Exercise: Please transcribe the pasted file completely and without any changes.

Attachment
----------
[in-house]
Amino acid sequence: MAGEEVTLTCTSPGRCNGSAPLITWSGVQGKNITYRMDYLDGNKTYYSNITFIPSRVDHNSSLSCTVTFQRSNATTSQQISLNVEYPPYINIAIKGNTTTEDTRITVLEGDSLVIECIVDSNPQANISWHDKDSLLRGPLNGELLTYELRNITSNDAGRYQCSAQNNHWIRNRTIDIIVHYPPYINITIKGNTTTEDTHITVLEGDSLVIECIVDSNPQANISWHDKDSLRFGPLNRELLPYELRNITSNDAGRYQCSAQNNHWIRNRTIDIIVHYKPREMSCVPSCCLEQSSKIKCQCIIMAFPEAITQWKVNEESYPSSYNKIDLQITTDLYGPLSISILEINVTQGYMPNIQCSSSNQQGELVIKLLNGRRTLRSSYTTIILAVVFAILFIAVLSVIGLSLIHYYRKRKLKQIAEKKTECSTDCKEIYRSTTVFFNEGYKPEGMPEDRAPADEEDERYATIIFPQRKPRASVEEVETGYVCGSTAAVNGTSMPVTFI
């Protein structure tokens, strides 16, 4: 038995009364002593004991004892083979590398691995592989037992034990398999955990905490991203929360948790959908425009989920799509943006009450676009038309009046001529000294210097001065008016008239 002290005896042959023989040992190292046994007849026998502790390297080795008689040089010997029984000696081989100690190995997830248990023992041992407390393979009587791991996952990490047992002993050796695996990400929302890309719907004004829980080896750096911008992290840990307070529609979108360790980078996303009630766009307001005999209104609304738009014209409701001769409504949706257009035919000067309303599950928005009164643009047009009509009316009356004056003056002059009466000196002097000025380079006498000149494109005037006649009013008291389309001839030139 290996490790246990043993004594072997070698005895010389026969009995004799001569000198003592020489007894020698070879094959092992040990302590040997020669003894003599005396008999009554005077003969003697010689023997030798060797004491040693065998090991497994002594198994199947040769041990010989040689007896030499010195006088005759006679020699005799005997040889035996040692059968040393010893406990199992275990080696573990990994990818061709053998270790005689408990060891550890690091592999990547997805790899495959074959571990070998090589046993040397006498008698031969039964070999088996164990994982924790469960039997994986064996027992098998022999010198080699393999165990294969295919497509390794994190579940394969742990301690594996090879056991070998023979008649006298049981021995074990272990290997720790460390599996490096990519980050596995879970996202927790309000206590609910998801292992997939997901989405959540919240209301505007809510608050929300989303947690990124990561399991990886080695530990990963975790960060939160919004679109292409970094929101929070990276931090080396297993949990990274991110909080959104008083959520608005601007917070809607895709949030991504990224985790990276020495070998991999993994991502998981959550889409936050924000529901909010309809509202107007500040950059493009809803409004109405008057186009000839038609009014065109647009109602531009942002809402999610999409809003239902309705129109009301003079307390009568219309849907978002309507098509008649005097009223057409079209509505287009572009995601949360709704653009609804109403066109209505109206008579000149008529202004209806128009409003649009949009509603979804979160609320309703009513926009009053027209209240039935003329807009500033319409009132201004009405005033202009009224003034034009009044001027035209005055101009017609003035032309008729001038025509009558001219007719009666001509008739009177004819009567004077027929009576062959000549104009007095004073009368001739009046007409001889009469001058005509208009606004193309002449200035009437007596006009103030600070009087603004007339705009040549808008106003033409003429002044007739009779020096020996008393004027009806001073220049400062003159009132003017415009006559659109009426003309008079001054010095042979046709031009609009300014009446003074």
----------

[in-house]
Amino acid sequence: MAGEEVTLTCTSPGRCNGSAPLITWSGVQGKNITYRMDYLDGNKTYYSNITFIPSRVDHNSSLSCTVTFQRSNATTSQQISLNVEYPPYINIAIKGNTTTEDTRITVLEGDSLVIECIVDSNPQANISWHDKDSLLRGPLNGELLTYELRNITSNDAGRYQCSAQNNHWIRNRTIDIIVHYPPYINITIKGNTTTEDTHITVLEGDSLVIECIVDSNPQANISWHDKDSLRFGPLNRELLPYELRNITSNDAGRYQCSAQNNHWIRNRTIDIIVHYKPREMSCVPSCCLEQSSKIKCQCIIMAFPEAITQWKVNEESYPSSYNKIDLQITTDLYGPLSISILEINVTQGYMPNIQCSSSNQQGELVIKLLNGRRTLRSSYTTIILAVVFAILFIAVLSVIGLSLIHYYRKRKLKQIAEKKTECSTDCKEIYRSTTVFFNEGYKPEGMPEDRAPADEEDERYATIIFPQRKPRASVEEVETGYVCGSTAAVNGTSMPVTFI
């Protein structure tokens, strides 16, 4: 038995009364002593004991004892083979590398691995592989037992034990398999955990905490991203929360948790959908425009989920799509943006009450676009038309009046001529000294210097001065008016008239 002290005896042959023989040992190292046994007849026998502790390297080795008689040089010997029984000696081989100690190995997830248990023992041992407390393979009587791991996952990490047992002993050796695996990400929302890309719907004004829980080896750096911008992290840990307070529609979108360790980078996303009630766009307001005999209104609304738009014209409701001769409504949706257009035919000067309303599950928005009164643009047009009509009316009356004056003056002059009466000196002097000025380079006498000149494109005037006649009013008291389309001839030139 290996490790246990043993004594072997070698005895010389026969009995004799001569000198003592020489007894020698070879094959092992040990302590040997020669003894003599005396008999009554005077003969003697010689023997030798060797004491040693065998090991497994002594198994199947040769041990010989040689007896030499010195006088005759006679020699005799005997040889035996040692059968040393010893406990199992275990080696573990990994990818061709053998270790005689408990060891550890690091592999990547997805790899495959074959571990070998090589046993040397006498008698031969039964070999088996164990994982924790469960039997994986064996027992098998022999010198080699393999165990294969295919497509390794994190579940394969742990301690594996090879056991070998023979008649006298049981021995074990272990290997720790460390599996490096990519980050596995879970996202927790309000206590609910998801292992997939997901989405959540919240209301505007809510608050929300989303947690990124990561399991990886080695530990990963975790960060939160919004679109292409970094929101929070990276931090080396297993949990990274991110909080959104008083959520608005601007917070809607895709949030991504990224985790990276020495070998991999993994991502998981959550889409936050924000529901909010309809509202107007500040950059493009809803409004109405008057186009000839038609009014065109647009109602531009942002809402999610999409809003239902309705129109009301003079307390009568219309849907978002309507098509008649005097009223057409079209509505287009572009995601949360709704653009609804109403066109209505109206008579000149008529202004209806128009409003649009949009509603979804979160609320309703009513926009009053027209209240039935003329807009500033319409009132201004009405005033202009009224003034034009009044001027035209005055101009017609003035032309008729001038025509009558001219007719009666001509008739009177004819009567004077027929009576062959000549104009007095004073009368001739009046007409001889009469001058005509208009606004193309002449200035009437007596006009103030600070009087603004007339705009040549808008106003033409003429002044007739009779020096020996008393004027009806001073220049400062003159009132003017415009006559659109009426003309008079001054010095042979046709031009609009300014009446003074």